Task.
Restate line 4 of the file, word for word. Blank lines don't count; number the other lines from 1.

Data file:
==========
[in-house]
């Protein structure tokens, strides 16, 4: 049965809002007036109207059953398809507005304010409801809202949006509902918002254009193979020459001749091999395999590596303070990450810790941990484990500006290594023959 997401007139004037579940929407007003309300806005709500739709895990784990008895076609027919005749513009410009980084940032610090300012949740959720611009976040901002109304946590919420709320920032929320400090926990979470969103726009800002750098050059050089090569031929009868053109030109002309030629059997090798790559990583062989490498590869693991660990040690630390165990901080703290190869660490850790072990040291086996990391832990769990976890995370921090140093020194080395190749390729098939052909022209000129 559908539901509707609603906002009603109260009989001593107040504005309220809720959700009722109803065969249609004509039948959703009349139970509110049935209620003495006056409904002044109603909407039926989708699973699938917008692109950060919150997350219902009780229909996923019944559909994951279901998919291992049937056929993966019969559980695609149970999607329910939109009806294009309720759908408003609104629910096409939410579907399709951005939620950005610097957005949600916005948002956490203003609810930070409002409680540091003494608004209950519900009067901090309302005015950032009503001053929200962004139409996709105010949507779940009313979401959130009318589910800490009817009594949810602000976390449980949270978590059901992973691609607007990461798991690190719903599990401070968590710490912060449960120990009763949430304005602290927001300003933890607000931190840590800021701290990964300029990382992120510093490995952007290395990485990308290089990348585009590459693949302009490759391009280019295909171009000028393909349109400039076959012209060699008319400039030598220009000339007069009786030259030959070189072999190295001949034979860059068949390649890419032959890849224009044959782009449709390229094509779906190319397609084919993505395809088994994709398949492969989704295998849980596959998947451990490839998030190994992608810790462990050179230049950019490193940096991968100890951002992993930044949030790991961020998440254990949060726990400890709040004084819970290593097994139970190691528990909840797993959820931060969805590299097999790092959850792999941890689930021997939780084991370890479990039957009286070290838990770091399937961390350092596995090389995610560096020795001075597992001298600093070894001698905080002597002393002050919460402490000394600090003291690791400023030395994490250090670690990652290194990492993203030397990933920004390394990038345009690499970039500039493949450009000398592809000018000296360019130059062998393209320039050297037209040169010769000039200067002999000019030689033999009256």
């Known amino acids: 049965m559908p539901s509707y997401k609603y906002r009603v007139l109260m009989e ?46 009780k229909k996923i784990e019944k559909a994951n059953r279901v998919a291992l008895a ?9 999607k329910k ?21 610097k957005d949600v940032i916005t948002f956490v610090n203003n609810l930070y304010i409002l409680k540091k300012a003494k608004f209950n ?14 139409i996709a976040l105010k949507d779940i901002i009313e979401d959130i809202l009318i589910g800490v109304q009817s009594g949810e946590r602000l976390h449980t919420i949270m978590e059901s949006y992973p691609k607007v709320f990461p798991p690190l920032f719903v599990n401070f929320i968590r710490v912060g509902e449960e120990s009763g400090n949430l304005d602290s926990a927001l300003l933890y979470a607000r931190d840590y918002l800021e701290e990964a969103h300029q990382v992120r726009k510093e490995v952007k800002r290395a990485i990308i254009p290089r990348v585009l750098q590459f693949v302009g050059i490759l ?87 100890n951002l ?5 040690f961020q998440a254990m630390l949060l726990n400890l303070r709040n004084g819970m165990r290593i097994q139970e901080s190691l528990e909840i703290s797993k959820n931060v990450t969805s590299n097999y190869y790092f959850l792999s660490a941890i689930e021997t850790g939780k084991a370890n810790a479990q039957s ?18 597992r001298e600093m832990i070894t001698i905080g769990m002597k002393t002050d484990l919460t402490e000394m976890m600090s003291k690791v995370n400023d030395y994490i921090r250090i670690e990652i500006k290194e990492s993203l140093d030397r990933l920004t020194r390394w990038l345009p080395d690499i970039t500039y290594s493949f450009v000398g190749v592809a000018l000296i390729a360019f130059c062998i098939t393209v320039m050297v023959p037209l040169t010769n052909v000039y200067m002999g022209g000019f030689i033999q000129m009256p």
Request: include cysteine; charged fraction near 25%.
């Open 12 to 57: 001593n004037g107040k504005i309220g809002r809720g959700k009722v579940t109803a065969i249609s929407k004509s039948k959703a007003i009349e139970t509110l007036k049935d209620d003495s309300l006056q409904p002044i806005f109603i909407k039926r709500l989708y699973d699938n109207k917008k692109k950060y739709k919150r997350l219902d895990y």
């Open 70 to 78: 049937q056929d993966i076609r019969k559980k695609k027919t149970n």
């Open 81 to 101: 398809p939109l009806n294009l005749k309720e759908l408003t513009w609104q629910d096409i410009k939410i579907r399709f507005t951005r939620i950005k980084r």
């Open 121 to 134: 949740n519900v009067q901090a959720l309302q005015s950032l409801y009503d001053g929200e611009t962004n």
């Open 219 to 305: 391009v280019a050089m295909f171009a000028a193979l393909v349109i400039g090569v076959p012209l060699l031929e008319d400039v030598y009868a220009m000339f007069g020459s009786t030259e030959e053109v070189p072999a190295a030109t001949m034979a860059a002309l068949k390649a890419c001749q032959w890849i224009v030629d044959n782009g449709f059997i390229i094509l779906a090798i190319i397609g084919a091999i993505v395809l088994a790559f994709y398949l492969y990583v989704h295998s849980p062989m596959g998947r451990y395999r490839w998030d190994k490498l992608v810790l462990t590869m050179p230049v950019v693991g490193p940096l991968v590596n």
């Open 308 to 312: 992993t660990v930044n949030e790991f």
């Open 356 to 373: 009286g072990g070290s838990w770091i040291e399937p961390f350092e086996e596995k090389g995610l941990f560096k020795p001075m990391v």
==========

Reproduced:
Request: include cysteine; charged fraction near 25%.